As part of the expansion of CFIUS' reach, the interagency committee will formally be given the ability to review investments in U.S. entities that hold personal information of U.S. citizens. While that has snagged other potential foreign acquirers in the past, its formal inclusion in the text establishing CFIUS' power takes it a step further.
"Any acquisition where the party being acquired has access to lots of U.S. individuals' personal information could be looked at with a lot more scrutiny," said Thaddeus McBride, a Bass Berry & Sims PLC member. "That opens up a whole panoply of transactions that weren't previously open to CFIUS reviews."
The formal inclusion of personal data as a national security threat is not necessarily shocking, however. In January, Texas-based money transfer company MoneyGram International Inc. and China-based Ant Financial Services Group abandoned their merger plans amid pushback from CFIUS. It's understood that Moneygram's access to U.S. consumer data made the acquisition by a Chinese buyer seem risky.
That precedent, along with the more explicit legislation, could pull in more deals in areas generally seen as being outside of CFIUS' reach, like deals involving U.S. financial institutions or health care companies, McBride explained.
Pulls Outbound Tech Transfers From Changes
Although early drafts of FIRRMA called on CFIUS to review outbound transfers of technology or intellectual property, that proposal was pulled from the final version of the legislation.
"The original legislation that was introduced in the fall of 2017 expanded the jurisdiction of CFIUS to cover certain technology transfers," Curran said. "That was stripped out."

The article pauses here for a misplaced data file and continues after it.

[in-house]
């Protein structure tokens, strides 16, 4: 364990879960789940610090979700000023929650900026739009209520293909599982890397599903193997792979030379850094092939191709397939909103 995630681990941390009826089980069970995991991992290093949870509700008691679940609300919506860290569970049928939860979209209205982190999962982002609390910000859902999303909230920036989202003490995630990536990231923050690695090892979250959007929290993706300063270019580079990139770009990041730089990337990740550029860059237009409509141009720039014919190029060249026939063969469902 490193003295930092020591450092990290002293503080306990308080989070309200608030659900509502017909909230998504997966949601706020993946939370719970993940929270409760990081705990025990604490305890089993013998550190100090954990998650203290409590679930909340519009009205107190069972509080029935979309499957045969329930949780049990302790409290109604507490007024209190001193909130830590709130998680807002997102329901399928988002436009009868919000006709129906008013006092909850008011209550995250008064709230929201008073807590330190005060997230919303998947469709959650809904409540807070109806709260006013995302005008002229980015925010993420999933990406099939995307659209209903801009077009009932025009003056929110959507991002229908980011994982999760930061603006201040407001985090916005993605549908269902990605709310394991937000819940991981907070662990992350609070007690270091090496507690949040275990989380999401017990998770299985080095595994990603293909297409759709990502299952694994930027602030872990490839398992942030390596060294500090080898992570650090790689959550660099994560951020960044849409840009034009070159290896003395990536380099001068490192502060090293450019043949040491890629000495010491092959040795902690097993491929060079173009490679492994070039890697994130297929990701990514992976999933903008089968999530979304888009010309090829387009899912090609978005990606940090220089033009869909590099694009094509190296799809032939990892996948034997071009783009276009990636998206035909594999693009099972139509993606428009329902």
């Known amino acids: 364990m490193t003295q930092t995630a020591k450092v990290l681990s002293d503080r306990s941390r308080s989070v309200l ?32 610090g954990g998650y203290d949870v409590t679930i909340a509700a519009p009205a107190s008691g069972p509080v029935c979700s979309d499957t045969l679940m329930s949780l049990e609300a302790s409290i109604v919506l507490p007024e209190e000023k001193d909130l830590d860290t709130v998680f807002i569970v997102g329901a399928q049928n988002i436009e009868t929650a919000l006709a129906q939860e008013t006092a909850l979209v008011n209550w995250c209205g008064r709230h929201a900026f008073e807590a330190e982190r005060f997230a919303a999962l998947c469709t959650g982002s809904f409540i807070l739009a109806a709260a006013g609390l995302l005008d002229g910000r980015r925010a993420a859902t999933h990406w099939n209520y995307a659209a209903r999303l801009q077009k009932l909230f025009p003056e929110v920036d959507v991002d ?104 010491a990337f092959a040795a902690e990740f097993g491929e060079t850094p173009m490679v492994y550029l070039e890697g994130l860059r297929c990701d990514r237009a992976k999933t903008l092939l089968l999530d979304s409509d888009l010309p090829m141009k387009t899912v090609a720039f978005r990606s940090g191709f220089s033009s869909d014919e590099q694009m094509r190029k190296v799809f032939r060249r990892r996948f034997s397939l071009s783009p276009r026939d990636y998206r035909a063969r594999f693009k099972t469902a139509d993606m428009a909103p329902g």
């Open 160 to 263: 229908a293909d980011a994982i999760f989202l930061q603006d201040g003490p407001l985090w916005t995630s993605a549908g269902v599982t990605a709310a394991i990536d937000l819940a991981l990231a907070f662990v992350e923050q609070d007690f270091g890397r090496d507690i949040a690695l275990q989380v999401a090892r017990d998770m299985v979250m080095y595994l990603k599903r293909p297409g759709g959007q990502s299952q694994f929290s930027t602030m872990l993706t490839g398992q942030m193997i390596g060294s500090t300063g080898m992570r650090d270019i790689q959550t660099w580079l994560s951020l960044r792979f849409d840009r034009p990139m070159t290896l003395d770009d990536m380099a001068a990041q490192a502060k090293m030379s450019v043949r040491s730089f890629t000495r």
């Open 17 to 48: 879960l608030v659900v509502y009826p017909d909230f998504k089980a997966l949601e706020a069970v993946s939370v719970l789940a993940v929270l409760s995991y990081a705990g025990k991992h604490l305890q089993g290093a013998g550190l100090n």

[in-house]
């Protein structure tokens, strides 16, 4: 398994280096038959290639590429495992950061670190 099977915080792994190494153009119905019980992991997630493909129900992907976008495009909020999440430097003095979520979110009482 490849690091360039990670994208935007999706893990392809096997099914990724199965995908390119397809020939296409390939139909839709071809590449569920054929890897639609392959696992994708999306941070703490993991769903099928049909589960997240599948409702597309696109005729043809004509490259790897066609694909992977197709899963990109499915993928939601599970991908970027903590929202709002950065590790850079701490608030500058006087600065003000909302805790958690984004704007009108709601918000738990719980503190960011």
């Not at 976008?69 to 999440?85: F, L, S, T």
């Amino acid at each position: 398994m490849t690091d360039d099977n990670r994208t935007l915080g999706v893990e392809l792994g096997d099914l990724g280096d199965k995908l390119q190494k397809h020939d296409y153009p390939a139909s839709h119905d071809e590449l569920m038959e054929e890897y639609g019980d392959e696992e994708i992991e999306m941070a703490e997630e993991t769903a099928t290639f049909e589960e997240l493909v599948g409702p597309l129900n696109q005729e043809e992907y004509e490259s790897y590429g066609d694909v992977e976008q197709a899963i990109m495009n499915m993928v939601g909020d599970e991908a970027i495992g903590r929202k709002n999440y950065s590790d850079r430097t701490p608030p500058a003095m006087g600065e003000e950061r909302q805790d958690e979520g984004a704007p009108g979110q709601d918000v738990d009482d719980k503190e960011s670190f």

The idea wasn't scrapped entirely, though. Instead of having CFIUS review those types of deals, the Commerce Department will examine them as part of an enhanced export control licensing review.
"This export licensing review process for these emerging and foundational technologies is going to be somewhat beefed up from the traditional process, in that the Secretary of Commerce can request, as part of the process, a threat assessment from the Director of National Intelligence," Curran said.
Requires Certain Transactions to Undergo Review
Filing for CFIUS review has always been a voluntary process, with the caveat that the committee can review a deal it was not notified about if it believes there is a national security concern associated with it.
With FIRRMA, however, certain transactions would be required to file with CFIUS. Those deals that would spur a mandatory declaratory filing include those that involve a U.S. entity involved in the areas of critical infrastructure, critical technology and the personal data of U.S. citizens.
The declaratory filing is not a full filing. It's expected to be no more than five pages and really would just allow the parties to flag the deal to CFIUS so the committee can determine whether it would need to make a full filing to kick off an initial review period.